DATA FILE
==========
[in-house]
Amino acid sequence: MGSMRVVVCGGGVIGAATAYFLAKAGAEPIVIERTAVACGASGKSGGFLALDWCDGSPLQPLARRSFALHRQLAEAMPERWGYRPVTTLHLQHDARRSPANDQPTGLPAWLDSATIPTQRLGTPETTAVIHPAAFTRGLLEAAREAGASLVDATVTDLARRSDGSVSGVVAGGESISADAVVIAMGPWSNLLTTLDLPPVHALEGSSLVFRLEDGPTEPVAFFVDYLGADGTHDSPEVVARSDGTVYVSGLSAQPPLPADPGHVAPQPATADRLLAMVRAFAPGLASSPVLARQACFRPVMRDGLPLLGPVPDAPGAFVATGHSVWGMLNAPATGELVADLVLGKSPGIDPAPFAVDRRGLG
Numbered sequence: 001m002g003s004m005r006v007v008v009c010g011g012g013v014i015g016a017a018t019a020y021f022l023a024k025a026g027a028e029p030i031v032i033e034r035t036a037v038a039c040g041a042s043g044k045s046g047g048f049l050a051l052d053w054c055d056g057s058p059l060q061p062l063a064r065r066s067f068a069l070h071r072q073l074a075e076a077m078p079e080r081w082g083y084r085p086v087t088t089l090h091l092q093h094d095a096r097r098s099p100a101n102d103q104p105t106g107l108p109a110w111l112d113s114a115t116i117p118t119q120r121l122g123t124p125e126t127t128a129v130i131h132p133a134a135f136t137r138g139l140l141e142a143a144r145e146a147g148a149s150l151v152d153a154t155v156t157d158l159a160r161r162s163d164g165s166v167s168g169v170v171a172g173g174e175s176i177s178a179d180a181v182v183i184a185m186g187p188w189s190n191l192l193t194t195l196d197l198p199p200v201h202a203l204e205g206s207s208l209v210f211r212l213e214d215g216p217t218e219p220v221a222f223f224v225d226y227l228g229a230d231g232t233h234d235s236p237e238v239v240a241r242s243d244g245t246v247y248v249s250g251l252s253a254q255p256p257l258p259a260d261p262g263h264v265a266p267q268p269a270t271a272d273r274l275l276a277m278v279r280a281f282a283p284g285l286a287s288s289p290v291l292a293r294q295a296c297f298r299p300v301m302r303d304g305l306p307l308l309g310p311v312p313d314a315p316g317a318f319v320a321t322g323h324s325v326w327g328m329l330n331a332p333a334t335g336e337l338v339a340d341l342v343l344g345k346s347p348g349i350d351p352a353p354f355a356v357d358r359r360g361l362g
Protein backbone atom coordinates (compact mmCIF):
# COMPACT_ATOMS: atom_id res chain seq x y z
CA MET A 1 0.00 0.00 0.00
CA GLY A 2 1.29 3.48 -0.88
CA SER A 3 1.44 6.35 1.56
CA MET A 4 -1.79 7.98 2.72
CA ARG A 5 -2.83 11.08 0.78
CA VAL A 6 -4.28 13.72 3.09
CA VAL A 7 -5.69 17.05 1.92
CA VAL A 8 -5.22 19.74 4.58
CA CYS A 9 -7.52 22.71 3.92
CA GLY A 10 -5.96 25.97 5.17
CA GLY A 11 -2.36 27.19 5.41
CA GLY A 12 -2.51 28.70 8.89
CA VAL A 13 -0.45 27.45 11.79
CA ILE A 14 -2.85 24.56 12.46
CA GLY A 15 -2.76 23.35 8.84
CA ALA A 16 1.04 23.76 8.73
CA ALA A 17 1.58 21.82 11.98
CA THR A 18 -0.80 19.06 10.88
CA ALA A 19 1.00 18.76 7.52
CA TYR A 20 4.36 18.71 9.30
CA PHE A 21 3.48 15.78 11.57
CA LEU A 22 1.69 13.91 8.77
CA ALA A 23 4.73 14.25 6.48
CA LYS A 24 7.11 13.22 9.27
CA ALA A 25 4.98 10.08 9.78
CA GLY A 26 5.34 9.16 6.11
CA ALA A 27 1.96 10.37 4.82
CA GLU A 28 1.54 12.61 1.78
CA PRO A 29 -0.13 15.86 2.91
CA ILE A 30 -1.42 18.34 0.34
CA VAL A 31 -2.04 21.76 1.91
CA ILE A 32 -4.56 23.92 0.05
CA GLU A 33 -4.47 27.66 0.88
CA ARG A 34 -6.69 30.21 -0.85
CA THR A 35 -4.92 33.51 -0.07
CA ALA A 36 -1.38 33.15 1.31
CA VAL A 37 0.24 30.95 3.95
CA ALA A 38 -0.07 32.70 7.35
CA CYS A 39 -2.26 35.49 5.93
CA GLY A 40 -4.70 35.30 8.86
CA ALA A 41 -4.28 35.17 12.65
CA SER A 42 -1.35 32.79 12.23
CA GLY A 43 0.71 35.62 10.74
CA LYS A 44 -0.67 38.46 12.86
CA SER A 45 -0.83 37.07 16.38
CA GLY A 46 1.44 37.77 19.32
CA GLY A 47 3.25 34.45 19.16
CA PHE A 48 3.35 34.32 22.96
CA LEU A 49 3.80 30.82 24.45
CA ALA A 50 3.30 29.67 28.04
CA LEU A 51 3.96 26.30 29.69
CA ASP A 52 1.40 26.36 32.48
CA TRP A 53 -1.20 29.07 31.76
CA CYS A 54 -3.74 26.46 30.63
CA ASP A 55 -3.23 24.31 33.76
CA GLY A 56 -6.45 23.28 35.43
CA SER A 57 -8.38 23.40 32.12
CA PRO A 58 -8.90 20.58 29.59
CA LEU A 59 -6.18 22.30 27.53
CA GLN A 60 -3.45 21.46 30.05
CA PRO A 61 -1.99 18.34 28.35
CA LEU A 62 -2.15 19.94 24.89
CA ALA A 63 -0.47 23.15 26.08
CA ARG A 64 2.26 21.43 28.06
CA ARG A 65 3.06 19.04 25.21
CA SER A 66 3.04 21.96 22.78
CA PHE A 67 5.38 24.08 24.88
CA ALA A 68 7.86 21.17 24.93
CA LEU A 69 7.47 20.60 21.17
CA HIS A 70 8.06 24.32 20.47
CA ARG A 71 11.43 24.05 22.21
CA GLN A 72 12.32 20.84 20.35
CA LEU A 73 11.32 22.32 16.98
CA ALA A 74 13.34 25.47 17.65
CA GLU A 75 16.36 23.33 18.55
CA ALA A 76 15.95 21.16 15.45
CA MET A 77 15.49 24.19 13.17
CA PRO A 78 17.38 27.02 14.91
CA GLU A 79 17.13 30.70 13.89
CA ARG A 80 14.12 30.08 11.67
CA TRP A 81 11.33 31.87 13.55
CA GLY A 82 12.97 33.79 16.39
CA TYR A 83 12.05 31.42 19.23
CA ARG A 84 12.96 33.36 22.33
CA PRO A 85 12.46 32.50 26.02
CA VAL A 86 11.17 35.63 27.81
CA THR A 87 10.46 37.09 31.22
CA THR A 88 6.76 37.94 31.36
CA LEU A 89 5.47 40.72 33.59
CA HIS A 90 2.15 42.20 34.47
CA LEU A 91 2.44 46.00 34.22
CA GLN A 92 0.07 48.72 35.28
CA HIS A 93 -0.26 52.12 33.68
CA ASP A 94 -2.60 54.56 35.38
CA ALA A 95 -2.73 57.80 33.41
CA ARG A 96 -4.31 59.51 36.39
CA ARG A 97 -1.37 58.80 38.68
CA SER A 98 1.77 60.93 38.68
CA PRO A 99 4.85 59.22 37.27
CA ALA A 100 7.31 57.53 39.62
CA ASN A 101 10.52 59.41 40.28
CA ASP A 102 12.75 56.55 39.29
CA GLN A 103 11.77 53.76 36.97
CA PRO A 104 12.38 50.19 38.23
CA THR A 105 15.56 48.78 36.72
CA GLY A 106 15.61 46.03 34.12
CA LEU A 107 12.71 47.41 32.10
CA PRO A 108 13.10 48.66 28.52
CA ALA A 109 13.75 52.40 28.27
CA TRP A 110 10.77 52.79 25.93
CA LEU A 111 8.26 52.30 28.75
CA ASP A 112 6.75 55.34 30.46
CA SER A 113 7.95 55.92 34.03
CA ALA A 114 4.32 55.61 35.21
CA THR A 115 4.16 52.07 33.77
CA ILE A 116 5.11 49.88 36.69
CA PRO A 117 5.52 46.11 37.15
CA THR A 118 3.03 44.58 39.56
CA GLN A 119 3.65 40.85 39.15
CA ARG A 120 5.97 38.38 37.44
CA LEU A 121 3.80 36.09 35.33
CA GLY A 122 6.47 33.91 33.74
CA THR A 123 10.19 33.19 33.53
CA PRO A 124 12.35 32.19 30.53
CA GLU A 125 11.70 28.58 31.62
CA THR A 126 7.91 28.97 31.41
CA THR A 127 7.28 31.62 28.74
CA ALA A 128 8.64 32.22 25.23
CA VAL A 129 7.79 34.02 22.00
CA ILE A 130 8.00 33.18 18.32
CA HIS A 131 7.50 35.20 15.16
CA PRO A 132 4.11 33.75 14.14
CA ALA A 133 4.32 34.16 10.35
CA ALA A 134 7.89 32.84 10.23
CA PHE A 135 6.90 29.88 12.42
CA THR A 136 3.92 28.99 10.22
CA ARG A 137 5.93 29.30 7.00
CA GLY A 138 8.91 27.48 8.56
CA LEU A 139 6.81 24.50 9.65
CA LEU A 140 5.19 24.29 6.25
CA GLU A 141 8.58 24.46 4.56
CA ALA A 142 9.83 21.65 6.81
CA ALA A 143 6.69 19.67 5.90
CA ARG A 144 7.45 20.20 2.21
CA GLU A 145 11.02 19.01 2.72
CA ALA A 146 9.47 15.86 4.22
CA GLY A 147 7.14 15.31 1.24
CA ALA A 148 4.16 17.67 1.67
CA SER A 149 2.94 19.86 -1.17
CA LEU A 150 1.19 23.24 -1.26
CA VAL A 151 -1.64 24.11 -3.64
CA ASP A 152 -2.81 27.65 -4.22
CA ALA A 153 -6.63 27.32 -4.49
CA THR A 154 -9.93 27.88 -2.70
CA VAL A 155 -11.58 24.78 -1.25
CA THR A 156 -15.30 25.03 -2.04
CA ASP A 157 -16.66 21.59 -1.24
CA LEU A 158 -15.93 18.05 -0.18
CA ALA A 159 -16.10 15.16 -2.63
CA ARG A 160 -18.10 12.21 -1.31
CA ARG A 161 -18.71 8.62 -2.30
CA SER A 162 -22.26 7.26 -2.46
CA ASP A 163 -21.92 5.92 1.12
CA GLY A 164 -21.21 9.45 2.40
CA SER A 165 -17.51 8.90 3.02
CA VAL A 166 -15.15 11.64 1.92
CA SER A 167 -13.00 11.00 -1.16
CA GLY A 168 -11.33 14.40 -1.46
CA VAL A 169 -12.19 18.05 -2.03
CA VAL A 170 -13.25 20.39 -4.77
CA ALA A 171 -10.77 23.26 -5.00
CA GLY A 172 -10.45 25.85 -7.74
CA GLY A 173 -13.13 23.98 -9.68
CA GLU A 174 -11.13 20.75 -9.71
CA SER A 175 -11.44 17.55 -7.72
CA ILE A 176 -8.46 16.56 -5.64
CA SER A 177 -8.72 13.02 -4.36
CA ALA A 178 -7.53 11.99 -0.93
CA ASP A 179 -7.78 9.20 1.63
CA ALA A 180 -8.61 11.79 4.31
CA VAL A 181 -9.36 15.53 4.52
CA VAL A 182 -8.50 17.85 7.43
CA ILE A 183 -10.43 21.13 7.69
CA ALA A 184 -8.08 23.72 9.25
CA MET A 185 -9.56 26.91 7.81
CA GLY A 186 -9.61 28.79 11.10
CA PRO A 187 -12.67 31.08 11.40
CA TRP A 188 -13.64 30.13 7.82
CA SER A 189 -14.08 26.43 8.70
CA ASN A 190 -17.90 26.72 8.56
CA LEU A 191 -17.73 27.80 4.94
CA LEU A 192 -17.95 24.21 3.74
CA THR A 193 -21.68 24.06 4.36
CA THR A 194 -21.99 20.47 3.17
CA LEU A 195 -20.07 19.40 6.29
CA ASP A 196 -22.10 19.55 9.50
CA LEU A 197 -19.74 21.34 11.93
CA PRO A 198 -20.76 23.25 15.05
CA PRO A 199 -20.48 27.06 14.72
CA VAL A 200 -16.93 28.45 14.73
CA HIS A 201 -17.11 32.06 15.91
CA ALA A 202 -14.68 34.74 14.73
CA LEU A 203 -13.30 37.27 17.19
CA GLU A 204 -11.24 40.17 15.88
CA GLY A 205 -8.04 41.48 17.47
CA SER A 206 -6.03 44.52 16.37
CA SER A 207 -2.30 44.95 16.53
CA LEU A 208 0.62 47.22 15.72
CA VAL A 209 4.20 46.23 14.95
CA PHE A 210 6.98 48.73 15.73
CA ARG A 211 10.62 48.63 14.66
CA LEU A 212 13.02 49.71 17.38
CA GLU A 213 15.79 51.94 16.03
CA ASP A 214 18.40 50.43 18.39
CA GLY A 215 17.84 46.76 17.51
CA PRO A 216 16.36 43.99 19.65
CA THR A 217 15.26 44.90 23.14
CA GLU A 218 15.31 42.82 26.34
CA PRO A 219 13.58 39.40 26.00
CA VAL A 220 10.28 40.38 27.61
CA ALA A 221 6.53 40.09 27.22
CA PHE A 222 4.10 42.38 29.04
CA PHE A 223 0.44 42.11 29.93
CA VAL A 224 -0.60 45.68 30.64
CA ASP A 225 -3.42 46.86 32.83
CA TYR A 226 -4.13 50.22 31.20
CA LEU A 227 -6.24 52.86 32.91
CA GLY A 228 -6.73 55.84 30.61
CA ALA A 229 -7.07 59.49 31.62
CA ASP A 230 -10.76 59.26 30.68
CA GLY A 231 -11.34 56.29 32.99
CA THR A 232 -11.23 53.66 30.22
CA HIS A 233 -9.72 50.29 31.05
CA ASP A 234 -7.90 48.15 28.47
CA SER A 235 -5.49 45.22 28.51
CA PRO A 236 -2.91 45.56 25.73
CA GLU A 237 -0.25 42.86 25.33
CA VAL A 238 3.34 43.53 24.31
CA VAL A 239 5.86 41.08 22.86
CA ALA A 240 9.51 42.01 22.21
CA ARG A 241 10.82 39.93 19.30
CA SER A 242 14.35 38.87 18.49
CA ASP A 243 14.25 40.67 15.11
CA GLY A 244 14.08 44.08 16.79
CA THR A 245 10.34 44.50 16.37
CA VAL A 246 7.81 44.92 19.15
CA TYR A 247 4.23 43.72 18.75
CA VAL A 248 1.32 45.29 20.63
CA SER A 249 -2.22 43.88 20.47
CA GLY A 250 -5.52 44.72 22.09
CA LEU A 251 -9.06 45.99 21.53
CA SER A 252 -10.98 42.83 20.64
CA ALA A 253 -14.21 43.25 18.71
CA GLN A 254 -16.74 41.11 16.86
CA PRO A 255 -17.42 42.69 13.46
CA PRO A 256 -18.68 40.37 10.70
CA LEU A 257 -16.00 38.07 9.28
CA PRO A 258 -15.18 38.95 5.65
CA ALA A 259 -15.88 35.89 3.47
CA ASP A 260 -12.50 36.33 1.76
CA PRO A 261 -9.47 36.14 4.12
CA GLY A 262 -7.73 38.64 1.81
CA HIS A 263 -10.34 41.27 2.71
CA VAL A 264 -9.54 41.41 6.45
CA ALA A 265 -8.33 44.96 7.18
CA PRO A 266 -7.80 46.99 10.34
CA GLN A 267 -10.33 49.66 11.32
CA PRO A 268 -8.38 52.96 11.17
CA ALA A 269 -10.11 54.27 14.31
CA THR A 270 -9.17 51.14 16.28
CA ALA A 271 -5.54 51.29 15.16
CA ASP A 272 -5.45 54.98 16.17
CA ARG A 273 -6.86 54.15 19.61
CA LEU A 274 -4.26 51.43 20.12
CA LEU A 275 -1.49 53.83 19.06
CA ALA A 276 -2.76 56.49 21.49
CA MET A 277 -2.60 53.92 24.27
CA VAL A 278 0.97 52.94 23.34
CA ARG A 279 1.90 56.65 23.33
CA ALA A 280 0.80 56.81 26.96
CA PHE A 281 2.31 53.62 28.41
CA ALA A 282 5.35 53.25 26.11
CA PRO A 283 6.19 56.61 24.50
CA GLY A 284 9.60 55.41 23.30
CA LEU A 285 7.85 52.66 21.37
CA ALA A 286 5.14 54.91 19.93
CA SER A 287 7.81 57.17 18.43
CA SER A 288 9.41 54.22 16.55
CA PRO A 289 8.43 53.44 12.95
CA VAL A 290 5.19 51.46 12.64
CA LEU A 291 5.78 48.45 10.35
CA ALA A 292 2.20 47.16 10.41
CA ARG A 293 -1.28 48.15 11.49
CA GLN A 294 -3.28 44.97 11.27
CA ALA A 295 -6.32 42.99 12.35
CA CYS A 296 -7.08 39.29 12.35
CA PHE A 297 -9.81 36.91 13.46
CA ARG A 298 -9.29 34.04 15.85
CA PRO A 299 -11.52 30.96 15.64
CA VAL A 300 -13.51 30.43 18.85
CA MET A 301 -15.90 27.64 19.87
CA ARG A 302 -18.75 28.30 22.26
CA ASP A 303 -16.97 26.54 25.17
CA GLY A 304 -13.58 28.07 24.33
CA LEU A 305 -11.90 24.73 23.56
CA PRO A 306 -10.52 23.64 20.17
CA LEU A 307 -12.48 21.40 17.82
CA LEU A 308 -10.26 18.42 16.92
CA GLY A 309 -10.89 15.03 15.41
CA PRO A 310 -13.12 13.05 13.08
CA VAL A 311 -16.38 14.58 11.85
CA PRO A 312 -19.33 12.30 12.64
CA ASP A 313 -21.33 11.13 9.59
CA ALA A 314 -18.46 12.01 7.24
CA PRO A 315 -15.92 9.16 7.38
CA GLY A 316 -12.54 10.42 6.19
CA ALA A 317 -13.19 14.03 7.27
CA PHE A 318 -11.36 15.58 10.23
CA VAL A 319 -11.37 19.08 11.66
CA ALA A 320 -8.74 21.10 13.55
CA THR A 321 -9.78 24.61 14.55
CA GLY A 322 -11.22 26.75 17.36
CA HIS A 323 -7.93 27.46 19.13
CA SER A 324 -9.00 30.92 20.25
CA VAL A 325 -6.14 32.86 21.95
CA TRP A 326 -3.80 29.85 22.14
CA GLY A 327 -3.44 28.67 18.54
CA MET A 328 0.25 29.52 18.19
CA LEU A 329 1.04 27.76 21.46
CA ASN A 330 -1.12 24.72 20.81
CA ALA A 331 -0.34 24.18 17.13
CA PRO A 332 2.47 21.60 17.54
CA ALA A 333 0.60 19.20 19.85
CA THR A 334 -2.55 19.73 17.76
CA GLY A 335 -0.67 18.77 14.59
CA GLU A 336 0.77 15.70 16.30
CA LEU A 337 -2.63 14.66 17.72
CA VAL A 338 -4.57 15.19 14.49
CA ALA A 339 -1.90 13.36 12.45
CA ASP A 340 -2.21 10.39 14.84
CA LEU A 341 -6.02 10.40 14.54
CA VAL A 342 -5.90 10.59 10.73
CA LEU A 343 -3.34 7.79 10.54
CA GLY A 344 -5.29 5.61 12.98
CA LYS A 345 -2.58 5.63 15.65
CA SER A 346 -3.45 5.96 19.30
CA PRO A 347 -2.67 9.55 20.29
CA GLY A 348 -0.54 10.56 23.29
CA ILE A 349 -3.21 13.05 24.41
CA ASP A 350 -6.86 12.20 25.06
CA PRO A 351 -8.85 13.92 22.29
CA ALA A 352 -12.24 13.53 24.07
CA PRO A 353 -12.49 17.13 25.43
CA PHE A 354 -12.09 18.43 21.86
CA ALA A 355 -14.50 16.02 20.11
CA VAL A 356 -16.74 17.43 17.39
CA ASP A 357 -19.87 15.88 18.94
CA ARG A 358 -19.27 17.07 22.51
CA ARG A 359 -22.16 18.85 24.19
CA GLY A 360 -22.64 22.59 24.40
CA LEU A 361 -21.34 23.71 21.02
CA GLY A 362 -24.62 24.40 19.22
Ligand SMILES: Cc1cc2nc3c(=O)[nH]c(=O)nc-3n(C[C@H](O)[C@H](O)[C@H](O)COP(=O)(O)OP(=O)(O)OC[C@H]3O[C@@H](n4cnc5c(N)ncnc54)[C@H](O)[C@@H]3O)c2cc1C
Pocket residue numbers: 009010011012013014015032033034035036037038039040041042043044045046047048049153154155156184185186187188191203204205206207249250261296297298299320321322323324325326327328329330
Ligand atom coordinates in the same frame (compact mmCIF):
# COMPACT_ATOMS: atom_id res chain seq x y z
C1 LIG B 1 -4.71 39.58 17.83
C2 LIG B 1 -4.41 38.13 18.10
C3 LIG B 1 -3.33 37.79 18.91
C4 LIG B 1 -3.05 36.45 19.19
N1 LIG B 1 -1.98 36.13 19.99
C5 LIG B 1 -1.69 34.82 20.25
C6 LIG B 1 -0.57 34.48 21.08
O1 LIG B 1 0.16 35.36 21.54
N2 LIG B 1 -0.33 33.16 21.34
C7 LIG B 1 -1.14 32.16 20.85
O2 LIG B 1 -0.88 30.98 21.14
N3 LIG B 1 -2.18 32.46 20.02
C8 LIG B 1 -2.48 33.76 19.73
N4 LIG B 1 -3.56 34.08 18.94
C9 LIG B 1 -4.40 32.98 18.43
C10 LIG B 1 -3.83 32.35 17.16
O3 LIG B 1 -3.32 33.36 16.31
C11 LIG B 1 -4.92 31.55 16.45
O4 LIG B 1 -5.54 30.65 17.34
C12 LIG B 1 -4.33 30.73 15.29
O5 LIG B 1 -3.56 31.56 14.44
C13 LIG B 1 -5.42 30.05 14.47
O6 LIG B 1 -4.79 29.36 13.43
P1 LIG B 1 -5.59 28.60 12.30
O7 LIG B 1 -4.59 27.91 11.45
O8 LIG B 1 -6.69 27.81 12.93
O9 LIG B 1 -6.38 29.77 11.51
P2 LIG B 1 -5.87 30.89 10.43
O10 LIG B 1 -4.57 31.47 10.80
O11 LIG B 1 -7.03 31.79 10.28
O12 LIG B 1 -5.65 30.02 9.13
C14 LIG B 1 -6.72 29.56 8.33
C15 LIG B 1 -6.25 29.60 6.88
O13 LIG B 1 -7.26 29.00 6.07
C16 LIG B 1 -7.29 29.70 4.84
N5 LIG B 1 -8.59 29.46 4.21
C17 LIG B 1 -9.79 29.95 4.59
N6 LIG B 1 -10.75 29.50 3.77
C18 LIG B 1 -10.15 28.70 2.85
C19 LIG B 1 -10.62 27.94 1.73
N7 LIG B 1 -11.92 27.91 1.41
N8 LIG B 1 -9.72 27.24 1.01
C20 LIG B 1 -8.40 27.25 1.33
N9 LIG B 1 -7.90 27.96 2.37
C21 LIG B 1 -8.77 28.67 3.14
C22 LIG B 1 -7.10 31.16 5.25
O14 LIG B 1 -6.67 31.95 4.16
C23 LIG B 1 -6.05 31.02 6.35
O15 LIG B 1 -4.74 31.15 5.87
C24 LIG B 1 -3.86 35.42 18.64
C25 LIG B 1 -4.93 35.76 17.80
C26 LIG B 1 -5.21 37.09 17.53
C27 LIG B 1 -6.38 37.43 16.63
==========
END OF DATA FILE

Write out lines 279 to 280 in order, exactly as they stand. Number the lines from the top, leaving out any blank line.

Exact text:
CA LEU A 274 -4.26 51.43 20.12
CA LEU A 275 -1.49 53.83 19.06